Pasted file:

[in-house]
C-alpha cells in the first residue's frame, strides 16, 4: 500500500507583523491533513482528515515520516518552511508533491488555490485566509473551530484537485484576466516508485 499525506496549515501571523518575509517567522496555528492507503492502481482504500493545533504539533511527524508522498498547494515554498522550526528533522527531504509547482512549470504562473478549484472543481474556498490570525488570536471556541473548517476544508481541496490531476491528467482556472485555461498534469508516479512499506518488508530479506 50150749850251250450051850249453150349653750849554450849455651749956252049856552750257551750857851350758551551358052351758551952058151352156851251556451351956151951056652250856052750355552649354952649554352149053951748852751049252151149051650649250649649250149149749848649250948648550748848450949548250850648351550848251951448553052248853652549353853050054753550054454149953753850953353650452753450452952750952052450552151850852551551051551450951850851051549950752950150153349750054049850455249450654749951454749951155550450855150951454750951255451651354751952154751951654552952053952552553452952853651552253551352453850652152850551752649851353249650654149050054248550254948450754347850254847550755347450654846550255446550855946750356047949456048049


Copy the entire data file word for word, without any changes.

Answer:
[in-house]
C-alpha cells in the first residue's frame, strides 16, 4: 500500500507583523491533513482528515515520516518552511508533491488555490485566509473551530484537485484576466516508485 499525506496549515501571523518575509517567522496555528492507503492502481482504500493545533504539533511527524508522498498547494515554498522550526528533522527531504509547482512549470504562473478549484472543481474556498490570525488570536471556541473548517476544508481541496490531476491528467482556472485555461498534469508516479512499506518488508530479506 50150749850251250450051850249453150349653750849554450849455651749956252049856552750257551750857851350758551551358052351758551952058151352156851251556451351956151951056652250856052750355552649354952649554352149053951748852751049252151149051650649250649649250149149749848649250948648550748848450949548250850648351550848251951448553052248853652549353853050054753550054454149953753850953353650452753450452952750952052450552151850852551551051551450951850851051549950752950150153349750054049850455249450654749951454749951155550450855150951454750951255451651354751952154751951654552952053952552553452952853651552253551352453850652152850551752649851353249650654149050054248550254948450754347850254847550755347450654846550255446550855946750356047949456048049